The promise to businesses is that social coupon sites like Living Social and Groupon will bring new customers in the door. While the sites may bring them in, research is showing they are not coming back.
A Rice University study authored by Utpal Dholakia, associate professor of management at Rice’s Jones Graduate School of Business, shows that 19.9 percent of deal users are returning for full-price purchases at restaurants, bars, salons, and other retailers.
“Our results from three studies and close to 500 businesses surveyed show that the deals are nowhere close to the rates of financial success for participating businesses that some companies claim to be having,” said Dholakia.
Other findings from the research:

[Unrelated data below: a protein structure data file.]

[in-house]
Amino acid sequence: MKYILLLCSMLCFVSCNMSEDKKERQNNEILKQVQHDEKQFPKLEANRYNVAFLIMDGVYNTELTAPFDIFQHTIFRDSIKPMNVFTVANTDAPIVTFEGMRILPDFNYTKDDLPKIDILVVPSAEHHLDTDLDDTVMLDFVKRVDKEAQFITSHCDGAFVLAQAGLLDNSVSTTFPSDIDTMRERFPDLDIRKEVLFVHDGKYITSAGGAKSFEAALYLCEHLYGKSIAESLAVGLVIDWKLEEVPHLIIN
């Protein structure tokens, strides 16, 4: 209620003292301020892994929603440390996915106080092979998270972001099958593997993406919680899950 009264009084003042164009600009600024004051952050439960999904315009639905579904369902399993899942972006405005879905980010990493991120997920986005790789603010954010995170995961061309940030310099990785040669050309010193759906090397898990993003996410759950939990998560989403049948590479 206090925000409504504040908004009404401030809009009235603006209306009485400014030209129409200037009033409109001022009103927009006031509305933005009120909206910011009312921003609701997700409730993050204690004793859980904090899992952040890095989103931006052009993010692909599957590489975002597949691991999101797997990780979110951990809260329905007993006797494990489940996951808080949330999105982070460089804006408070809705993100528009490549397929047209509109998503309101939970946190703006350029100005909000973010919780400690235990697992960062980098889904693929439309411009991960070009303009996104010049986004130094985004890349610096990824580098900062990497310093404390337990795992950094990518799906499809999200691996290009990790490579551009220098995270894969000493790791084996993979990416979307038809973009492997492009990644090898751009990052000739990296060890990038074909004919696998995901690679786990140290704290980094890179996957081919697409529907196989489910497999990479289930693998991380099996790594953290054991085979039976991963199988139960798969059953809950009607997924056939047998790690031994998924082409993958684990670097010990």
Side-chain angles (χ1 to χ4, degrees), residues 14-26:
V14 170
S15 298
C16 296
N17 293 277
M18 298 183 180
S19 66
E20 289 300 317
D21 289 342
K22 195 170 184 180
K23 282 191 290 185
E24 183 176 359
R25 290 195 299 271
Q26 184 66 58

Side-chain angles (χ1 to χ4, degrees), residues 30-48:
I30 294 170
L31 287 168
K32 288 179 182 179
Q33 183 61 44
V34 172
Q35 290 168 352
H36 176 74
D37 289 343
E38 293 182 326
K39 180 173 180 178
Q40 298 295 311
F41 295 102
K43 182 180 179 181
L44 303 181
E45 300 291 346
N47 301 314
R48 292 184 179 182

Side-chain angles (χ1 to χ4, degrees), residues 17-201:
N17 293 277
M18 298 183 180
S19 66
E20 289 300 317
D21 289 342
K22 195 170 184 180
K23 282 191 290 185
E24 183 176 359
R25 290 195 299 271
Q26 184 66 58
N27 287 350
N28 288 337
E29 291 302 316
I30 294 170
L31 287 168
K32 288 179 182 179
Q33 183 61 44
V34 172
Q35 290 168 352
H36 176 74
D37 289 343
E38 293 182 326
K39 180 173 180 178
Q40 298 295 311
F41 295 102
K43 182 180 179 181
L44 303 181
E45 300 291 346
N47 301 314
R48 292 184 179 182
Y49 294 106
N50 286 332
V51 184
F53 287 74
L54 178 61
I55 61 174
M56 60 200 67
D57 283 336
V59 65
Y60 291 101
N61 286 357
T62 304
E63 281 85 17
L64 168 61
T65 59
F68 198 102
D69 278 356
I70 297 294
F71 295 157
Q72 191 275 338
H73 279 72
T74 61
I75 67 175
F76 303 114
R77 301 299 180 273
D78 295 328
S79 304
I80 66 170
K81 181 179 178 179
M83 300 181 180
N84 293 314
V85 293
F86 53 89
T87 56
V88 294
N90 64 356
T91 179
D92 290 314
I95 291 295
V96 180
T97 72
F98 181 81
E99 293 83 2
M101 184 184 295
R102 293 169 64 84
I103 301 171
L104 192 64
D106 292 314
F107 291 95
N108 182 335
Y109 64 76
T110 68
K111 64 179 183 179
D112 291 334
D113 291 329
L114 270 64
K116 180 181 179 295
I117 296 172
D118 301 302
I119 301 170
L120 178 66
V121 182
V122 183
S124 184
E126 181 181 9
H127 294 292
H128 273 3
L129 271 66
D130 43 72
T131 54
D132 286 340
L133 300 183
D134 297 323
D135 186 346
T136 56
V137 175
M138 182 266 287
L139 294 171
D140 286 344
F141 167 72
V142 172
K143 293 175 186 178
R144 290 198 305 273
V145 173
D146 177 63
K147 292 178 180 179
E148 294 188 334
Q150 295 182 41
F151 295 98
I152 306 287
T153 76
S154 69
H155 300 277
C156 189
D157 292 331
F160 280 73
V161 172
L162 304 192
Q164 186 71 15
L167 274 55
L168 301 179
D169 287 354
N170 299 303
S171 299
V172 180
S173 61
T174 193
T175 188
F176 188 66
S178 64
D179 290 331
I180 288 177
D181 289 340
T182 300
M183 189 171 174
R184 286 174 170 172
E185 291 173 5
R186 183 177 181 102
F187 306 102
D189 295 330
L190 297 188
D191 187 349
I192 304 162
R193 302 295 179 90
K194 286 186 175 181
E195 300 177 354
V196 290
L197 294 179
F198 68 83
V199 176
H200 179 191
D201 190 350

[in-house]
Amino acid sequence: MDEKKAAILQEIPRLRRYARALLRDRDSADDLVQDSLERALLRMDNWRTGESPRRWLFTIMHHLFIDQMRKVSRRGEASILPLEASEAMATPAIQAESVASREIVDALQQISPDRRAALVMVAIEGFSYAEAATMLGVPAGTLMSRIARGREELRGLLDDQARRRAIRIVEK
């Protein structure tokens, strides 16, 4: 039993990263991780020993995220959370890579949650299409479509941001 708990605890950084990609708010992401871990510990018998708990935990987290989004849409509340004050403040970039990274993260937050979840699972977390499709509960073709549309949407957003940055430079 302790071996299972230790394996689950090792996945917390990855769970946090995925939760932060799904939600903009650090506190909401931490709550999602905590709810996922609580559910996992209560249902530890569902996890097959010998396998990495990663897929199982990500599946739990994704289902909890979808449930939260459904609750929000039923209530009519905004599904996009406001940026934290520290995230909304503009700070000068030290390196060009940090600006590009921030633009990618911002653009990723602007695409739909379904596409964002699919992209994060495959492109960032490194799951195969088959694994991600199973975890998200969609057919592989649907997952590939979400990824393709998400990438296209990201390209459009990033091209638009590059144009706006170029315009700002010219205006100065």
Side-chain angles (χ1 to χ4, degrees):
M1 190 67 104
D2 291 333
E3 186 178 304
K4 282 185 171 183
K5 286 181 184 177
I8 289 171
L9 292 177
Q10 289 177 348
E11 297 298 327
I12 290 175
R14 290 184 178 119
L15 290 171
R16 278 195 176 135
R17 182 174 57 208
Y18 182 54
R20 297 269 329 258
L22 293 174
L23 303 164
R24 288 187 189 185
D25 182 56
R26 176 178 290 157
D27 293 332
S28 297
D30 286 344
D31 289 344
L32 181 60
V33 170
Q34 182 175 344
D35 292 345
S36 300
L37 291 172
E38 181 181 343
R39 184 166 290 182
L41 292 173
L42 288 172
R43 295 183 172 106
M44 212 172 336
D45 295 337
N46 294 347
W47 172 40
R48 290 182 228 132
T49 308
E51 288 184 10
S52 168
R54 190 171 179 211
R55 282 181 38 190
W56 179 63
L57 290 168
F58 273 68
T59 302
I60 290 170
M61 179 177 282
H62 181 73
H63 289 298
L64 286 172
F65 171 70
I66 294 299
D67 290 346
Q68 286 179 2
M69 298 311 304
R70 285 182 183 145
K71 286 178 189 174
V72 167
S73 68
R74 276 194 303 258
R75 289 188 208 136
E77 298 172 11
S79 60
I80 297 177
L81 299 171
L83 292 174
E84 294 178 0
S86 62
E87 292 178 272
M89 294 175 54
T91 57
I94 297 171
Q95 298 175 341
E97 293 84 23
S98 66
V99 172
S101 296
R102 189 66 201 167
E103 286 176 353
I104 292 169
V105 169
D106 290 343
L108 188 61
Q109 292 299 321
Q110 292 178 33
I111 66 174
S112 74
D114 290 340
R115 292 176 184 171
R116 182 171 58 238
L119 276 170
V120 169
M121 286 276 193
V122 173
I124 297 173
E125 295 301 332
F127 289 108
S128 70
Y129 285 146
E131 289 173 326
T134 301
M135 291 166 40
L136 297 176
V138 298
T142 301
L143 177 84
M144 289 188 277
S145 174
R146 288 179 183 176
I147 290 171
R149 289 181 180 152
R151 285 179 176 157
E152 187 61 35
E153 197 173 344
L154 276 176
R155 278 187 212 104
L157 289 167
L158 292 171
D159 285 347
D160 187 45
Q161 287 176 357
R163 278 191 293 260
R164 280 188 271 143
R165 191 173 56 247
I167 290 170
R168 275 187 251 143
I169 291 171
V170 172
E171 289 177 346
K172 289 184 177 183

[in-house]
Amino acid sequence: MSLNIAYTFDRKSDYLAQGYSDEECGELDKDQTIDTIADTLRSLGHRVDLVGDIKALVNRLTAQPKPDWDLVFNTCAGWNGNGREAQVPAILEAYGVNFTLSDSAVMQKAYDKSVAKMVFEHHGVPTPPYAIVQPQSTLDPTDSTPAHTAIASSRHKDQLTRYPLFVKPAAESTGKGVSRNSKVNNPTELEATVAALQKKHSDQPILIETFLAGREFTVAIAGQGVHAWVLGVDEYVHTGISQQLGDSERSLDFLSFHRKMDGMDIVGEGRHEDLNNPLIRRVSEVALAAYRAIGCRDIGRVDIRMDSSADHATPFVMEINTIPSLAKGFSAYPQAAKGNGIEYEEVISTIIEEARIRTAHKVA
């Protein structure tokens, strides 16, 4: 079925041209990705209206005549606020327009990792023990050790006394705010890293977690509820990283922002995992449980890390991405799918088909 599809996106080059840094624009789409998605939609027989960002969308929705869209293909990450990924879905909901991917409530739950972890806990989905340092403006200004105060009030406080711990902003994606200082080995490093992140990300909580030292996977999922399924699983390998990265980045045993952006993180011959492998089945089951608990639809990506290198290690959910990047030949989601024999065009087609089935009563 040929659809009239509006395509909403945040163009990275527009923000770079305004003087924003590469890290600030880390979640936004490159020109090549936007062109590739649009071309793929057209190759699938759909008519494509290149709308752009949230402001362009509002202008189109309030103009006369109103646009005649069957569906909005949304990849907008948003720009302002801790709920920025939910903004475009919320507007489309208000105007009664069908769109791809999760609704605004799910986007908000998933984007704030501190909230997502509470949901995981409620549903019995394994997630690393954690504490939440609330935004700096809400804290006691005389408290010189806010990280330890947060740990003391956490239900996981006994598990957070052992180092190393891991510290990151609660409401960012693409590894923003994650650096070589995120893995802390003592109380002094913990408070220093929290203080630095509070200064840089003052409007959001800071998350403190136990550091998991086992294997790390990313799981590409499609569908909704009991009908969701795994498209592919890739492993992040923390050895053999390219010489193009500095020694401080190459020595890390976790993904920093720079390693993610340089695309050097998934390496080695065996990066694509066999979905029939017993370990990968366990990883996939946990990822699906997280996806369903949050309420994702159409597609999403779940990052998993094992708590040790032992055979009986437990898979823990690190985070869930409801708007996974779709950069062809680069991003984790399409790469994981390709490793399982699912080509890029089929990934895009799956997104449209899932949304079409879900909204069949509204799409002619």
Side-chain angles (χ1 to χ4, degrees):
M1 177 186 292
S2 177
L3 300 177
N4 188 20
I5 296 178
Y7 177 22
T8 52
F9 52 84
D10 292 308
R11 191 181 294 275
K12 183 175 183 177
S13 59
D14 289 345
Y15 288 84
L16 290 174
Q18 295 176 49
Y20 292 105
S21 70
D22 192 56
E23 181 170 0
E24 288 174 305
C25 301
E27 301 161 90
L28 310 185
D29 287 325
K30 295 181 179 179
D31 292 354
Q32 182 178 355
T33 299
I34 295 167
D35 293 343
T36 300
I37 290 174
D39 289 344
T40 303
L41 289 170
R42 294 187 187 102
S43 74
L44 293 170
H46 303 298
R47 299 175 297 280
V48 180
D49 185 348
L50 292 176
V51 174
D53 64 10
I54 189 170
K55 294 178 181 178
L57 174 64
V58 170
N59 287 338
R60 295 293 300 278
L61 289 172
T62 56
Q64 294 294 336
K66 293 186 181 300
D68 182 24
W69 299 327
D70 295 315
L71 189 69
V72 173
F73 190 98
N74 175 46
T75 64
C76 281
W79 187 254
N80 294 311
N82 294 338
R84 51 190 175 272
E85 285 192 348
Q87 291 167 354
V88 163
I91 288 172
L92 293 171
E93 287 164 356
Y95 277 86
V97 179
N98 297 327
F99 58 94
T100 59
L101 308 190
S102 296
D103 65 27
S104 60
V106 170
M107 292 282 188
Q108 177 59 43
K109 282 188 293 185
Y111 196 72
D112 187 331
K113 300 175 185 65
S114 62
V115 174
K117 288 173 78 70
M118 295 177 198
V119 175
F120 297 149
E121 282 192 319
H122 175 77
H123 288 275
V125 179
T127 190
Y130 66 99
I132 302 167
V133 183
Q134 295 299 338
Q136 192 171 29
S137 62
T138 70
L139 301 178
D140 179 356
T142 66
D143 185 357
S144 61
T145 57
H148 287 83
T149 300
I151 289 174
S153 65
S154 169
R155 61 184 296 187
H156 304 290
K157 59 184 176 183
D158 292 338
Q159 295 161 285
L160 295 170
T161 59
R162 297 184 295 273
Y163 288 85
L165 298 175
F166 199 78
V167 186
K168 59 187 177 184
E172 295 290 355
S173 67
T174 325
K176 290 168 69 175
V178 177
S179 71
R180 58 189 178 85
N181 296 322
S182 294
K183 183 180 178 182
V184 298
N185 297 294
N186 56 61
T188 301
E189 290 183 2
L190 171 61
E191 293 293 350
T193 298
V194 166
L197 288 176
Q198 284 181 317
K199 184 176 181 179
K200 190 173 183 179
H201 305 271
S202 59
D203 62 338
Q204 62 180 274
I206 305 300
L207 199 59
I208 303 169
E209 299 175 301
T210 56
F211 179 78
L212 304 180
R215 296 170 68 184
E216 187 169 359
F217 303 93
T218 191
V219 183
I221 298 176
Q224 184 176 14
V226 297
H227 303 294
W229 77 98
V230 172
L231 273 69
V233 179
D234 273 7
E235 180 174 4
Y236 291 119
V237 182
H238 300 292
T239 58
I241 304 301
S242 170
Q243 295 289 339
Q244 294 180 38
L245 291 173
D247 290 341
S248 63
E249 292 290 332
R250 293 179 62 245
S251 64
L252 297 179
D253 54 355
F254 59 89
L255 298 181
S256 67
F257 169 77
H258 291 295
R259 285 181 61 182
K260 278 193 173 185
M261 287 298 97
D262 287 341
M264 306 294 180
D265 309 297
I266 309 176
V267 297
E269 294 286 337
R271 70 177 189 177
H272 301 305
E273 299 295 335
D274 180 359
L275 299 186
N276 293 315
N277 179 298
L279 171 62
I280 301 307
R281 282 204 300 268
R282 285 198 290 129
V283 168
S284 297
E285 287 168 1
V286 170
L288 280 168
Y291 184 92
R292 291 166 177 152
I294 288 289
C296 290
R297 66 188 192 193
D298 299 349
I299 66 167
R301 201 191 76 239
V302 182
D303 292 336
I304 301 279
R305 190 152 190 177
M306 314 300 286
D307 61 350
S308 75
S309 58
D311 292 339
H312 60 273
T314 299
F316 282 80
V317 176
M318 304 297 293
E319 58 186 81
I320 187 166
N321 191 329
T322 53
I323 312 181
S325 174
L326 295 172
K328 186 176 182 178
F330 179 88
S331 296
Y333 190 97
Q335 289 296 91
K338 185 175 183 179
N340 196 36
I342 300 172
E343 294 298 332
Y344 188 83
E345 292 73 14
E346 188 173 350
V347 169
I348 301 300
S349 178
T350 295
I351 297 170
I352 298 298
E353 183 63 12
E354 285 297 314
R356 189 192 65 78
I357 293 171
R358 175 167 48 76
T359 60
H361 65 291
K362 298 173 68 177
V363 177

- 35.9 percent of deals users spend more than the voucher value when visiting a merchant.
- 21.7 percent of them never redeem the vouchers they’ve paid for.
- 55.5 percent of businesses reported making money on their promotions, 26.6 percent lost money, and 17.9 percent broke even.
- 48.1 percent of businesses planned to run another daily deal promotion, 19.8 percent indicated they would not, and 32.1 percent didn’t know for sure.
- 80 percent of deal users were new customers.
Daily deals appear to work better for some markets than others. Among industries, 70 percent of marketers in special events, health, and services made money on their promotion. Conversely, 43.6 percent of the restaurants surveyed financially profited from the promotion, and only 35.9 percent of them intend to run another daily deal.